On a green hill overlooking the tree-lined perimeter of Daejeon, a city in central South Korea, a machine gun turret idly scans the horizon. It’s about the size of a large dog; plump, white and wipe-clean. A belt of bullets – .50 calibre, the sort that can stop a truck in its tracks – is draped over one shoulder. An ethernet cable leads from the gun’s base and trails through the tidy grass into a small gazebo tent that, in the Korean afternoon heat, you'd be forgiven for hoping might contain plates of cucumber sandwiches and a pot of tea.
Instead, the cable slithers up onto a trestle table before plunging into the back of a computer, whose screen displays a colourful patchwork of camera feeds. One shows a 180-degree, fish-eye sweep of the horizon in front of us. Another presents a top down satellite view of the scene, like a laid-out Google Map, trained menacingly on our position.
A red cone, overlaid on the image, indicates the turret’s range. It spreads across the landscape: four kilometres-worth of territory, enough distance to penetrate deep into the city from this favourable vantage point. Next to the keyboard sits a complicated joystick, the kind a PC flight simulator enthusiast might use. A laminated sheet is taped to the table in front of the controller, reporting the function of its various buttons. One aims. Another measures the distance from the gun to its target. One loads the bullets into the chamber. Pull the trigger and it will fire.
A gaggle of engineers standing around the table flinch as, unannounced, a warning barks out from a massive, tripod-mounted speaker. A targeting square blinks onto the computer screen, zeroing in on a vehicle that’s moving in the camera’s viewfinder. The gun’s muzzle pans as the red square, like something lifted from futuristic military video game Call of Duty, moves across the screen. The speaker, which must accompany the turret on all of its expeditions, is known as an acoustic hailing robot. Its voice has a range of three kilometres. The sound is delivered with unimaginable precision, issuing a warning to a potential target before they are shot (a warning must precede any firing, according to international law, one of the lab-coat wearing engineers tells me). “Turn back,” it says, in rapid-fire Korean. “Turn back or we will shoot.”
The “we” is important. The Super aEgis II, South Korea’s best-selling automated turret, will not fire without first receiving an OK from a human. The human operator must first enter a password into the computer system to unlock the turret’s firing ability. Then they must give the manual input that permits the turret to shoot. “It wasn’t initially designed this way,” explains Jungsuk Park, a senior research engineer for DoDAAM, the turret’s manufacturer. Park works in the Robotic Surveillance Division of the company, which is based in the Yuseong tech district of Daejon. It employs 150 staff, most of whom, like Park, are also engineers. “Our original version had an auto-firing system,” he explains. “But all of our customers asked for safeguards to be implemented. Technologically it wasn’t a problem for us. But they were concerned the gun might make a mistake.”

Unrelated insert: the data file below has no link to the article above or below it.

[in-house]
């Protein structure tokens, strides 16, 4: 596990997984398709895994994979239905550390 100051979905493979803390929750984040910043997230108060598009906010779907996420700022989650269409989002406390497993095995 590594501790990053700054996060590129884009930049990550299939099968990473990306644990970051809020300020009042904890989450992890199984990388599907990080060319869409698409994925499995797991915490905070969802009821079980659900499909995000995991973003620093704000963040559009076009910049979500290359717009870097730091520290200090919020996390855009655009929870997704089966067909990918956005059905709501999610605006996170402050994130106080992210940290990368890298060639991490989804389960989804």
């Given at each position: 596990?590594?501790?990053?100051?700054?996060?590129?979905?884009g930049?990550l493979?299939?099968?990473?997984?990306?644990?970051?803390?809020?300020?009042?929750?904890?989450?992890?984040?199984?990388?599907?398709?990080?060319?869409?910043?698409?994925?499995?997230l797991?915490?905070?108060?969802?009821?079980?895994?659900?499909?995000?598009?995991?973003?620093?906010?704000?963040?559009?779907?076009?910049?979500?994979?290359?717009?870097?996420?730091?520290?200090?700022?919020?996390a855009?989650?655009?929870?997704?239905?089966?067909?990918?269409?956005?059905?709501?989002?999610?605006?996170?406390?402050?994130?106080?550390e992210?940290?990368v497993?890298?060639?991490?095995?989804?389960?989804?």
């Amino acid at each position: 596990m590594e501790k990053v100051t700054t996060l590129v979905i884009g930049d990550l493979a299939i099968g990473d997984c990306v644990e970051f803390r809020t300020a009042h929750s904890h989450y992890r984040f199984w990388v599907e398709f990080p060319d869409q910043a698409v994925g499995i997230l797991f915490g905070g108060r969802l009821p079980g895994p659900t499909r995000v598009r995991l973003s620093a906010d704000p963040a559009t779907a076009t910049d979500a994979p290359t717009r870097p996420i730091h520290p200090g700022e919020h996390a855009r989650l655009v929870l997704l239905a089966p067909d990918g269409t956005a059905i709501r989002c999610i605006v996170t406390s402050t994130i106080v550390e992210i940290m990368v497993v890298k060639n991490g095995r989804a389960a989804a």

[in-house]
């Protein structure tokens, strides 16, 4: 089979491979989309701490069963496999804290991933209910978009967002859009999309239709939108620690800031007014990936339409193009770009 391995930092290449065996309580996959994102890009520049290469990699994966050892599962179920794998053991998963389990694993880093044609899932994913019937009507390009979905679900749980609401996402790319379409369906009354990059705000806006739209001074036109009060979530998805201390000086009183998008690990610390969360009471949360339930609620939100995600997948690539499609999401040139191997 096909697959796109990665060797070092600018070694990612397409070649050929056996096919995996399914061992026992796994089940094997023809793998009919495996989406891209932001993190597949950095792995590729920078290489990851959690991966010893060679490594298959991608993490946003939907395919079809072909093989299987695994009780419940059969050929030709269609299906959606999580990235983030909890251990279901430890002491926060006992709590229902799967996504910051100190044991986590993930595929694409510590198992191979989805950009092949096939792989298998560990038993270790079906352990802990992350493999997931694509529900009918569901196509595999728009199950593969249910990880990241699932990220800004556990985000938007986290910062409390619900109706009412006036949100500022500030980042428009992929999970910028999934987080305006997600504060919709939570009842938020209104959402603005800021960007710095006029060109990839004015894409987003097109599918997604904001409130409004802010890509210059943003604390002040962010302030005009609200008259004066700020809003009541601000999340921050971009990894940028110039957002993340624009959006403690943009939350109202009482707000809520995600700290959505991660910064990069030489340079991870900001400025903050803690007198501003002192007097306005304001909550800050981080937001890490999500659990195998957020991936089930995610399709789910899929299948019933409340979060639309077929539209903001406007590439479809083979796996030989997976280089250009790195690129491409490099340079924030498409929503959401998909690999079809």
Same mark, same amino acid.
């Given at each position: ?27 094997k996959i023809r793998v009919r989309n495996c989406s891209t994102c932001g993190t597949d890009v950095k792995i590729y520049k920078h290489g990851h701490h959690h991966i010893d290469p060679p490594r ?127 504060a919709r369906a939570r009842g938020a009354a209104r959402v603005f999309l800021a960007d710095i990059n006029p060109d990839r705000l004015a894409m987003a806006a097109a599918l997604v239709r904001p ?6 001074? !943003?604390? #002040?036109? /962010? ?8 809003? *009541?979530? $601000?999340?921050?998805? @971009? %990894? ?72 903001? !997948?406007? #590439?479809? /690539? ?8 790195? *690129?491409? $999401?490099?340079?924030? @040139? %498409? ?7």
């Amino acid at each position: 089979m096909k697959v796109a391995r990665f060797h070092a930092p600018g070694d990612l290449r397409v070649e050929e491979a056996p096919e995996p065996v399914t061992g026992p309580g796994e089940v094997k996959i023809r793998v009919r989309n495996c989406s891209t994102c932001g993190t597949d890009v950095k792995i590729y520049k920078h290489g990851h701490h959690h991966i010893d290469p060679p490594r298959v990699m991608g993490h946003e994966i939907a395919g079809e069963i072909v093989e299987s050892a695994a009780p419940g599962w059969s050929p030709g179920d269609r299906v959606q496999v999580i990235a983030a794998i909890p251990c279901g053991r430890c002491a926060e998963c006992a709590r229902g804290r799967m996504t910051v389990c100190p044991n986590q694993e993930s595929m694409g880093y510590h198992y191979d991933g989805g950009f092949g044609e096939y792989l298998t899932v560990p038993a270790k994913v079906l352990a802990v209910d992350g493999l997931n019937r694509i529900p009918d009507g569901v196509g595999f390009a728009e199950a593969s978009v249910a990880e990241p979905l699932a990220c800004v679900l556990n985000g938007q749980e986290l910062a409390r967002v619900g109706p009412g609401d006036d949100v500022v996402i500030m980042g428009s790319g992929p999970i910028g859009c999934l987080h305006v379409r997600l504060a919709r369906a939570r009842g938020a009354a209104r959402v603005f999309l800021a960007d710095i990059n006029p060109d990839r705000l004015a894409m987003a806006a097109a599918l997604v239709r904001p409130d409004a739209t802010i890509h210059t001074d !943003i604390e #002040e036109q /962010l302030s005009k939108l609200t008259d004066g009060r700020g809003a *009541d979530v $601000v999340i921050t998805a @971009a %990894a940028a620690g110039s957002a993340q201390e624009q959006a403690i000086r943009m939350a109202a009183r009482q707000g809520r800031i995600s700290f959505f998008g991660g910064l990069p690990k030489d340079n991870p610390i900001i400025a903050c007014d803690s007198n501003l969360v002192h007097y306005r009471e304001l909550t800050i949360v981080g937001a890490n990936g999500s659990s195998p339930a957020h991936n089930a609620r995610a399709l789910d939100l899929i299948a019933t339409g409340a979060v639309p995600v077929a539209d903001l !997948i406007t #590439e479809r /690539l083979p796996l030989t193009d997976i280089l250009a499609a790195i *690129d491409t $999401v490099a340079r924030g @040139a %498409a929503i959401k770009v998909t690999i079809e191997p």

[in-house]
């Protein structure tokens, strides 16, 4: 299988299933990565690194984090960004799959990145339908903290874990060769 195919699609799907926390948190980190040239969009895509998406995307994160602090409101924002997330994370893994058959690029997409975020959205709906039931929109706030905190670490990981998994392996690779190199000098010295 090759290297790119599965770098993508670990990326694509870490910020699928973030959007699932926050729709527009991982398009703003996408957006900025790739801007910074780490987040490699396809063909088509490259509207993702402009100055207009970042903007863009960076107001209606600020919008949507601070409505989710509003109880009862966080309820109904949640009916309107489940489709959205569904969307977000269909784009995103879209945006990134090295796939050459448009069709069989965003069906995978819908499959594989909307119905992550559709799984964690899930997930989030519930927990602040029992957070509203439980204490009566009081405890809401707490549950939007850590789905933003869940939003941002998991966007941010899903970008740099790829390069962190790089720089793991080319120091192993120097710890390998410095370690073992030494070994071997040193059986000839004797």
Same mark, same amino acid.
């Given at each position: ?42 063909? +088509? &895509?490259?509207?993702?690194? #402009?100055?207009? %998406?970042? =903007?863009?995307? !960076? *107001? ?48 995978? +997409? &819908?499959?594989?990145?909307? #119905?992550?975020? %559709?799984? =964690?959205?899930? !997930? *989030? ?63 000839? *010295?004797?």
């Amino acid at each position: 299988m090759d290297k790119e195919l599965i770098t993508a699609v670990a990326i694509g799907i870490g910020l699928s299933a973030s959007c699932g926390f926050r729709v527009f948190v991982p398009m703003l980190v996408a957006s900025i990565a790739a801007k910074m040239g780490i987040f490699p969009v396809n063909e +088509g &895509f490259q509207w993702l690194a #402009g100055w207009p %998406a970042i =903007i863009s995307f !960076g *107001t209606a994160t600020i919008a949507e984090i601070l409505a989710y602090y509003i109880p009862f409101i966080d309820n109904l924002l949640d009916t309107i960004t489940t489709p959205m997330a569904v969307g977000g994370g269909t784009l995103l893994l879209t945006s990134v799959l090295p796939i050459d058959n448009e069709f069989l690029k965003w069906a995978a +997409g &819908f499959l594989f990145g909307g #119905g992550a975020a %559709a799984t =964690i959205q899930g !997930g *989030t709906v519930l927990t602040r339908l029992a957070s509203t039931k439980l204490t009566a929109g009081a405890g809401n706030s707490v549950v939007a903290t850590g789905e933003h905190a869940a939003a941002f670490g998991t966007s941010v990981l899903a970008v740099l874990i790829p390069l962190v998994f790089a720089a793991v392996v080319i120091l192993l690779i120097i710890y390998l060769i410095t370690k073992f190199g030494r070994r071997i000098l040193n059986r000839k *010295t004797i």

As early as 2005 the New York Times reported the Pentagon’s plans to replace soldiers with autonomous robots
The Super aEgis II, first revealed in 2010, is one of a new breed of automated weapon, able to identify, track and destroy a moving target from a great distance, theoretically without human intervention. The machine has proved popular and profitable. DoDAAM claims to have sold more than 30 units since launch, each one as part of integrated defence systems costing more than $40m (£28m) apiece. The turret is currently in active use in numerous locations in the Middle East, including three airbases in the United Arab Emirates (Al Dhafra, Al Safran and Al Minad), the Royal Palace in Abu Dhabi, an armoury in Qatar and numerous other unspecified airports, power plants, pipelines and military airbases elsewhere in the world.
The past 15 years has seen a concerted development of such automated weapons and drones. The US military uses similar semi-autonomous robots designed for bomb disposal and surveillance. In 2000, US Congress ordered that one-third of military ground vehicles and deep-strike aircraft should be replaced by robotic vehicles. Six years later, hundreds of PackBot Tactical Mobile Robots were deployed in Iraq and Afghanistan to open doors in urban combat, lay optical fibre, defuse bombs and perform other hazardous duties that would have otherwise been carried out by humans.